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Electron Release Manager

by Greg Lamp |


Recently we released a new version of our Rodeo, our data science IDE. In the past this meant our users would have to go to our homepage, click on the Rodeo page, download Rodeo again, and then reinstall it. But luckily this is no longer the case! As of the v1.1 release, we're officially supporting auto-updates for OSX users. To manage these releases and make the auto-updates magically happen, we built a really simple but handy tool called electron-release-manager.

The Problem

One of the biggest challenges in building Rodeo is that it runs cross-platform. We currently support Windows (32 and 64 bit), Mac (64 bit), and Linux (32 and 64 bit) users. These covers pretty much everyone (but not quite). As a result, we've seen lots of edge case bugs (for example, strange page display on low-res Windows machines). Lucky for us we've been able to fix a lot of them, but that still leaves us with the burning question of how we deliver these fixes to our users.

We quickly found out that making users manually download and reinstall Rodeo was NOT the way to go. There were just too many steps involved and we observed that when we pushed changes, it took a really long time for our users to migrate.

Enter the release manager

So to counteract this we did 2 things:

(1) Added auto-update support to Rodeo

(2) Built a way to quickly manage and deploy updates to Rodeo

The electron-release-manager is a simple node.js app that:

  • keeps track of Rodeo (or your own app) releases in S3
  • implements the Squirrel Server spec
  • show your old releases and provide downloadable links for them

Auto-updates with electron-release-manager

In the v0.34.0 release of Electron, support for auto-updates was introduced. As I mentioned, Electron uses Squirrel for handling downloading and installing updates to an Electron app. The protocol is really simple. Just provide a HTTP endpoint that accepts a parameter indicating the user's version of the app, and then respond with an HTTP message indicating whether or not there's a newer version.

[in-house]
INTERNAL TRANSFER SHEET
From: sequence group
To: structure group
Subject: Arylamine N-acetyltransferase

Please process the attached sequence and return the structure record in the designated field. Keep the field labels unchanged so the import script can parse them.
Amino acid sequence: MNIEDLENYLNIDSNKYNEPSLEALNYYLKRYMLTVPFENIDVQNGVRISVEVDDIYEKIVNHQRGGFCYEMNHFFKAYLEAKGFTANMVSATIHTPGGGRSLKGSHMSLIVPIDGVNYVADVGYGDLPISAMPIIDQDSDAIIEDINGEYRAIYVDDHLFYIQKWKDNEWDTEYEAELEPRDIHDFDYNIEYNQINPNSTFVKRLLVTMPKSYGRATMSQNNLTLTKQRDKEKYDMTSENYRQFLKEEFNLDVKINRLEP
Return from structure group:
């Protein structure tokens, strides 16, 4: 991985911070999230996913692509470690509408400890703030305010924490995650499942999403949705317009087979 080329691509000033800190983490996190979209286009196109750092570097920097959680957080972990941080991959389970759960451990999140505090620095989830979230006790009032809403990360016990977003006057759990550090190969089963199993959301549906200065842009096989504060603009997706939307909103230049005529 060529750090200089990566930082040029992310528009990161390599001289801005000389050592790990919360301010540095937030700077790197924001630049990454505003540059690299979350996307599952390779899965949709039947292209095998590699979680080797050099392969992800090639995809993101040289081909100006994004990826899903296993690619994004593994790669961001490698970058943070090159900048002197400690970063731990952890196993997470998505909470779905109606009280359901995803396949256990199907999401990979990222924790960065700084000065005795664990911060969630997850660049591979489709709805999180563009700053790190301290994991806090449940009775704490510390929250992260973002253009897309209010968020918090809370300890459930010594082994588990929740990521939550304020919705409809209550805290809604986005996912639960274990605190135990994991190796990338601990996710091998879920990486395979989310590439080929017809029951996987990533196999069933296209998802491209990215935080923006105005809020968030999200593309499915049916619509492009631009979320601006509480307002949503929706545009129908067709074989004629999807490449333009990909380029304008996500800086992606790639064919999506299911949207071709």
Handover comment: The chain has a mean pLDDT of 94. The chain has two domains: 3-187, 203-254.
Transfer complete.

{
    "url": "http://mycompany.com/myapp/releases/myrelease",
    "name": "My Release Name",
    "notes": "Theses are some release notes innit",
    "pub_date": "2013-09-18T12:29:53+01:00",
}

Unfortunately Electron doesn't supply you with the server, so it's up to you to either (A) implement the protocol yourself or (B) use someone else's open source tool that does!

And that's exactly what electron-release-manager does. It let's you upload your releases to S3 (everyone's favorite, cheapest file store) and serve them to your app's users. And the end result? Your users get a little notification message telling them they're app is ready to update!

Storing releases in S3

We have something of an S3 addiction here at Yhat. We use it for (almost) everything. If you're not familiar with it, please give it a look.

Electron-release-manager uses s3 as it's "backend" for storing releases. It's a really simple architecture. Each release gets a directory. Inside that directory you put all of your builds for that release. Point electron-release-manager at the right bucket and voilà, you've got yourself auto-updates!

Directory Structure

We use a simple directory structure for managing releases and versions in Rodeo. In the s3 bucket, we create a directory for each release (i.e. 1.0.0, 1.0.1, etc.). Within each directory we put our builds for each platform with the following format:

Rodeo-v${VERSION}-${ARCH}.${FILE_TYPE}

So a release looks like this:

File Types

Users downloading your product for the first time will probably want the idiot-proof installers (.dmg for Mac, .exe for Windows). However, for auto-updates with Squirrel, you'll need to provide .zip files for each platform. In the example above, you can see that we have both .dmg/.exe and .zip files in the release directory for each platform.

Use it yourself

Interested in using electron-release-manager for your own app? Check out the app on GitHub or if you don't even care how the app works, click the Deploy to Heroku button.

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